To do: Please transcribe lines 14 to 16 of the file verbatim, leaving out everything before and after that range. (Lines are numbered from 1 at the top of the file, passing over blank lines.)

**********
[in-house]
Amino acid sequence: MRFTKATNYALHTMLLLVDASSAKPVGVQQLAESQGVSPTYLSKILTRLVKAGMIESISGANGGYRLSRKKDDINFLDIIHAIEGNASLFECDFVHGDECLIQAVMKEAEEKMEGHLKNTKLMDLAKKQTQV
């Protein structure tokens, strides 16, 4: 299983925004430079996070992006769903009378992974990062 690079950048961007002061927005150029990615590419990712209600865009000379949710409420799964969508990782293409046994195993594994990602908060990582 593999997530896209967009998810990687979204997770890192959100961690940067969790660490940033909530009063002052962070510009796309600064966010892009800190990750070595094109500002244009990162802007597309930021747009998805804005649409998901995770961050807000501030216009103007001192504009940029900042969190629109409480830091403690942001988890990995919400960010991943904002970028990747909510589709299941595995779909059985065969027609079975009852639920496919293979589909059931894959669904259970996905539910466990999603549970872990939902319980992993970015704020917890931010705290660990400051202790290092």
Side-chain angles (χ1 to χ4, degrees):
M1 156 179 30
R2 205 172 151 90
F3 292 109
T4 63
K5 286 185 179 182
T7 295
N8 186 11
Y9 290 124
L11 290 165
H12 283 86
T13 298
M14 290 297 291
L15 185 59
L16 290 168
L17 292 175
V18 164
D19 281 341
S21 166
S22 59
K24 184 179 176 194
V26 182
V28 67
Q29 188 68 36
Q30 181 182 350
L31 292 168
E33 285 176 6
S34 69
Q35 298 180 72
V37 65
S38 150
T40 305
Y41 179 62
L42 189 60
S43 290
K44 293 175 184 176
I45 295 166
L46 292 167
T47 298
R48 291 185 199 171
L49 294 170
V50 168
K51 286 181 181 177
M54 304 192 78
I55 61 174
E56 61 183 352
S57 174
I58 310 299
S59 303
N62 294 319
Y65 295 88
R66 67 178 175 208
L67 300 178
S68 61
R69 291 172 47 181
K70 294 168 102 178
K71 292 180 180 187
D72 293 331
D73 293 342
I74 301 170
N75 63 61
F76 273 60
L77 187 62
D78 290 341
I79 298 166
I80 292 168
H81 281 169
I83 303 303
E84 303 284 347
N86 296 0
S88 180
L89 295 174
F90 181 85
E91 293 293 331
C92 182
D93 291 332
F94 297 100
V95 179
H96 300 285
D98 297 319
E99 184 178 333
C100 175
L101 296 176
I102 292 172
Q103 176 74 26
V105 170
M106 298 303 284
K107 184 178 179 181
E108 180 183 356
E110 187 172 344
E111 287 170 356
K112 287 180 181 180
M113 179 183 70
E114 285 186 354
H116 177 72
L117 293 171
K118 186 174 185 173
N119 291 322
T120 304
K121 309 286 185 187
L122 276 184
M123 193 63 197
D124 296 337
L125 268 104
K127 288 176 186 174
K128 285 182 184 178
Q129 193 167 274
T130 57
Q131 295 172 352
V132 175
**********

H12 283 86
T13 298
M14 290 297 291